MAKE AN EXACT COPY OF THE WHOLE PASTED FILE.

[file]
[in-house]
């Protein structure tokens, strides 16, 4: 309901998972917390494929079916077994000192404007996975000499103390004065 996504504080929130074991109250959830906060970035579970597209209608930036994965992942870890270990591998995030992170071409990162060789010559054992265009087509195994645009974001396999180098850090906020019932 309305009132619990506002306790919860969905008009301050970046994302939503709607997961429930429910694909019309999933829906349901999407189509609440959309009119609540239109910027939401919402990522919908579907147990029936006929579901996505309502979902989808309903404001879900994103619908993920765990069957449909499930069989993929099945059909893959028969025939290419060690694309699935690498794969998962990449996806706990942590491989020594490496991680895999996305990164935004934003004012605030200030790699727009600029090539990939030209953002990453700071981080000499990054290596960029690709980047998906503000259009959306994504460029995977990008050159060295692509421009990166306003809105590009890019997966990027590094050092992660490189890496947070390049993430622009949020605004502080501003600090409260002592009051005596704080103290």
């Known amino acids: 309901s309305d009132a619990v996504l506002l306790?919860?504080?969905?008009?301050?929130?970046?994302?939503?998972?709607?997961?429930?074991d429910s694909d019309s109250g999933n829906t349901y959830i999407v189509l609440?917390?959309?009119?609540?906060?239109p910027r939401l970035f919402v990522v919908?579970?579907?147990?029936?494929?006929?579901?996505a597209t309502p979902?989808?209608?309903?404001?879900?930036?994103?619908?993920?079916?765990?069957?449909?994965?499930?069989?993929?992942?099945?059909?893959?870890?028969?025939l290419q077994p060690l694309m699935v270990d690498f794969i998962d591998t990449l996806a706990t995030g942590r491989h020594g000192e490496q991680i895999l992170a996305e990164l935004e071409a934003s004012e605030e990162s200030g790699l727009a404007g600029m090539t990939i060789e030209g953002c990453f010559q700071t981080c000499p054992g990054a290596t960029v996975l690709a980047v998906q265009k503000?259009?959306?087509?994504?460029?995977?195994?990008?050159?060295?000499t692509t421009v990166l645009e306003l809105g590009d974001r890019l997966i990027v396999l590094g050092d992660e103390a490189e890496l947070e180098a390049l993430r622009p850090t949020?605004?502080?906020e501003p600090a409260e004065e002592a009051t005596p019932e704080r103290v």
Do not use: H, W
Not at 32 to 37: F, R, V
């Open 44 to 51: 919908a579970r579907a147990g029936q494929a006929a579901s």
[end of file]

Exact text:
[in-house]
């Protein structure tokens, strides 16, 4: 309901998972917390494929079916077994000192404007996975000499103390004065 996504504080929130074991109250959830906060970035579970597209209608930036994965992942870890270990591998995030992170071409990162060789010559054992265009087509195994645009974001396999180098850090906020019932 309305009132619990506002306790919860969905008009301050970046994302939503709607997961429930429910694909019309999933829906349901999407189509609440959309009119609540239109910027939401919402990522919908579907147990029936006929579901996505309502979902989808309903404001879900994103619908993920765990069957449909499930069989993929099945059909893959028969025939290419060690694309699935690498794969998962990449996806706990942590491989020594490496991680895999996305990164935004934003004012605030200030790699727009600029090539990939030209953002990453700071981080000499990054290596960029690709980047998906503000259009959306994504460029995977990008050159060295692509421009990166306003809105590009890019997966990027590094050092992660490189890496947070390049993430622009949020605004502080501003600090409260002592009051005596704080103290």
């Known amino acids: 309901s309305d009132a619990v996504l506002l306790?919860?504080?969905?008009?301050?929130?970046?994302?939503?998972?709607?997961?429930?074991d429910s694909d019309s109250g999933n829906t349901y959830i999407v189509l609440?917390?959309?009119?609540?906060?239109p910027r939401l970035f919402v990522v919908?579970?579907?147990?029936?494929?006929?579901?996505a597209t309502p979902?989808?209608?309903?404001?879900?930036?994103?619908?993920?079916?765990?069957?449909?994965?499930?069989?993929?992942?099945?059909?893959?870890?028969?025939l290419q077994p060690l694309m699935v270990d690498f794969i998962d591998t990449l996806a706990t995030g942590r491989h020594g000192e490496q991680i895999l992170a996305e990164l935004e071409a934003s004012e605030e990162s200030g790699l727009a404007g600029m090539t990939i060789e030209g953002c990453f010559q700071t981080c000499p054992g990054a290596t960029v996975l690709a980047v998906q265009k503000?259009?959306?087509?994504?460029?995977?195994?990008?050159?060295?000499t692509t421009v990166l645009e306003l809105g590009d974001r890019l997966i990027v396999l590094g050092d992660e103390a490189e890496l947070e180098a390049l993430r622009p850090t949020?605004?502080?906020e501003p600090a409260e004065e002592a009051t005596p019932e704080r103290v």
Do not use: H, W
Not at 32 to 37: F, R, V
């Open 44 to 51: 919908a579970r579907a147990g029936q494929a006929a579901s």